What is Dysphagia?
Dysphagia is a swallowing disorder often associated with chronic or acute medical conditions that affect the central nervous system. Dysphagia is more commonly diagnosed in the elderly, however infants and children may also present with this disorder based upon the severity of the primary neurological insult. Individuals diagnosed with dysphagia may demonstrate challenges getting ready to eat, chewing their food and appropriately swallowing their food. The disorder directly impacts the preparatory, oral, pharyngeal, and esophageal phases of eating; therefore, individuals with the condition may have various weaknesses extending from their mouths down to their stomachs.
What are some symptoms of Dysphagia?
Dysphagia is often a side effect of various neurological disorders, so it is important that your child be diagnosed fully, as soon as possible. In terms of his swallowing problems alone, your child may present stiffening of the body and increased irritability when eating, as well as weaknesses managing food and liquids in his mouth. Children with dysphagia may cough and gag during meals and demonstrate difficulties chewing and coordinating breathing while eating. Over time, your child may also develop aversions to various textures of food, and he may refuse to eat or drink things he once enjoyed.
How does Dysphagia progress?
Individuals with the condition lose the skills to eat and swallow that they once had. As a result, the individual is at an increased risk for undernourishment, dehydration, aspiration, and pneumonia. While the severity of the disorder may vary from patient to patient, all individuals with dysphagia have poor oral, pharyngeal, and esophageal functioning.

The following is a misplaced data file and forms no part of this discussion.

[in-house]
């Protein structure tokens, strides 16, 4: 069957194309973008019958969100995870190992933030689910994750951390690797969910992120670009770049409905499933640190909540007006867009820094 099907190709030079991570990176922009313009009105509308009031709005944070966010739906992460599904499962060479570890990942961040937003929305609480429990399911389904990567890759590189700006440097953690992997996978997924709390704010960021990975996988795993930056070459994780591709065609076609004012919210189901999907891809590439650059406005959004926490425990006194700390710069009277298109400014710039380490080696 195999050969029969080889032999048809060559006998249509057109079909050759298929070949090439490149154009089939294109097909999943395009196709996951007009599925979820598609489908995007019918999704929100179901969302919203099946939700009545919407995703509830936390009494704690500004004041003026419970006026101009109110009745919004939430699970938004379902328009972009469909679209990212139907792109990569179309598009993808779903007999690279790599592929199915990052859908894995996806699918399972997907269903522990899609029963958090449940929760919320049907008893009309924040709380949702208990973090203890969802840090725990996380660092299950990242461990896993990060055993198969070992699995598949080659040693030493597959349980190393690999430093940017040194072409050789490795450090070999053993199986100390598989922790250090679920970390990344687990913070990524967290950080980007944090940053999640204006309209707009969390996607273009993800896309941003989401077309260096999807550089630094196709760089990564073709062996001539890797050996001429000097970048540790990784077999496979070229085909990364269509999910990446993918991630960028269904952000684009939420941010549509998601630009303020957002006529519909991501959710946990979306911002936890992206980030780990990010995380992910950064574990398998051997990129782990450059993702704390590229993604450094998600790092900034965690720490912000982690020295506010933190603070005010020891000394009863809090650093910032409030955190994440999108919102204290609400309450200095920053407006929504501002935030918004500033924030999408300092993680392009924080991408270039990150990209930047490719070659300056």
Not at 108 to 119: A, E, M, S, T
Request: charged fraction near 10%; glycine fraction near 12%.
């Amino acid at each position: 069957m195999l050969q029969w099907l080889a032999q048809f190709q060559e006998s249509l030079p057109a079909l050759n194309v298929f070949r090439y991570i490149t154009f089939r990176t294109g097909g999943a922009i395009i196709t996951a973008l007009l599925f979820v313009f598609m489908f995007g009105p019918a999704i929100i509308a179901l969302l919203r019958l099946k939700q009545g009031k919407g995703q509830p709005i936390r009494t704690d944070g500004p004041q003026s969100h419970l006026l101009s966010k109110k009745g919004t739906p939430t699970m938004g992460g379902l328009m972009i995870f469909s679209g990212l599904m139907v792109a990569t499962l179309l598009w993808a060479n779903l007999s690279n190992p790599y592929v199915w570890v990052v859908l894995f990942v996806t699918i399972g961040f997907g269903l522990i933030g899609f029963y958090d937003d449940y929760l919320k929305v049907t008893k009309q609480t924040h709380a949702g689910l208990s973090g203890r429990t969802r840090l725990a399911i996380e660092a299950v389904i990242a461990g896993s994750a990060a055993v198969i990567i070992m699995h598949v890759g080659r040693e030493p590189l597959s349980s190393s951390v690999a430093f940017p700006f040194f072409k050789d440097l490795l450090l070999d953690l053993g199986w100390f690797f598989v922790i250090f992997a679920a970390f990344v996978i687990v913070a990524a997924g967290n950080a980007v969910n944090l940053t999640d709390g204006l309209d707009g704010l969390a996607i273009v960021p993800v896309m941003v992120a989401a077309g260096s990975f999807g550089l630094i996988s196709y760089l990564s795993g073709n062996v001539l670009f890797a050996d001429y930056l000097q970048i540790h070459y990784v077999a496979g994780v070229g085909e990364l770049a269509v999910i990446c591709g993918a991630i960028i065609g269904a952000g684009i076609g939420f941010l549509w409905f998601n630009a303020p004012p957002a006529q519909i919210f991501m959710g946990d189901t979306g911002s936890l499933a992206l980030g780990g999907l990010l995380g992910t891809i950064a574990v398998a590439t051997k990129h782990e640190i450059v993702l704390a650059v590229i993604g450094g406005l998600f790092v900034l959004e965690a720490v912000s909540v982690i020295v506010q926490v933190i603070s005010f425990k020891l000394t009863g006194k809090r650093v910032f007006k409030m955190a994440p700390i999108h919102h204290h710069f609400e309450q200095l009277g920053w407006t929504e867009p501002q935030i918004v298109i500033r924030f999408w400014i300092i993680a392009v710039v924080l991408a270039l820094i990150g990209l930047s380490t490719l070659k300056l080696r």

How can I help treat my child’s condition?
Treatment for dysphagia varies based on the age of the individual, as well as the severity of the cause and symptoms of the disorder. A speech-language pathologist plays an important role in teaching your child to feed and swallow as he once could. Your child’s previous medical history, nutritional information, and current level of functioning will be assessed in order to create a functional plan for him. Prior to starting treatment, your child may need to undergo an endoscopy to further evaluate his condition and the path for improvement.
Our Approach at North Shore Pediatric Therapy
At North Shore Pediatric Therapy, we use a multisensory approach to therapy. Our speech-language pathologists work with a feeding and swallowing team to maximize treatment strategies for your child. An occupational and/or physical therapist, nutritionist, and neuropsychologist will also evaluate your child in order to provide the most comprehensive treatment plan available. Our speech-language pathologists will focus on increasing oral-motor functioning as well as improving your child’s ability to tolerate various foods and liquids to ensure safety while eating and swallowing. When appropriate, feeding programs such as the Sequential Oral Sensory Approach to Feeding (SOS) may be used in combination with traditional dysphagia treatment methods to increase your child’s ability to tolerate and manage an increased variety of foods.